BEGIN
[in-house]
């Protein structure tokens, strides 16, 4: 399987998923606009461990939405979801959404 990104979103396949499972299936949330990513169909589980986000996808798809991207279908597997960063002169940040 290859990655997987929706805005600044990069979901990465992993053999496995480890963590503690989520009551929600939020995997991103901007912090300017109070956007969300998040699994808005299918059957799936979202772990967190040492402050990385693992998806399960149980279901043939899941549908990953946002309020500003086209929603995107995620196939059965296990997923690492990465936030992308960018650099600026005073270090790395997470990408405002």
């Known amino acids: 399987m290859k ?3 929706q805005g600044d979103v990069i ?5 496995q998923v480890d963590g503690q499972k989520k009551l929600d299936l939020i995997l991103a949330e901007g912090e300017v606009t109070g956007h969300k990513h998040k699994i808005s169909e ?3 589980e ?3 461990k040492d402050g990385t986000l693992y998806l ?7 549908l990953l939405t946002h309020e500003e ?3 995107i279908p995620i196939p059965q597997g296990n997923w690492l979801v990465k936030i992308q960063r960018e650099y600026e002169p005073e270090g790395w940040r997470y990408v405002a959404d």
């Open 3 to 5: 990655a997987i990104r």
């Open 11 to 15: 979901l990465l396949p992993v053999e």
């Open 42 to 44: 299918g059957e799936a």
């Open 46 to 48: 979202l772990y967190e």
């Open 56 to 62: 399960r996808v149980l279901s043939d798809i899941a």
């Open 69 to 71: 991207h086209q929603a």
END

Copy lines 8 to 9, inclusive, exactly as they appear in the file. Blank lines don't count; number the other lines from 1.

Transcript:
């Open 56 to 62: 399960r996808v149980l279901s043939d798809i899941a």
């Open 69 to 71: 991207h086209q929603a």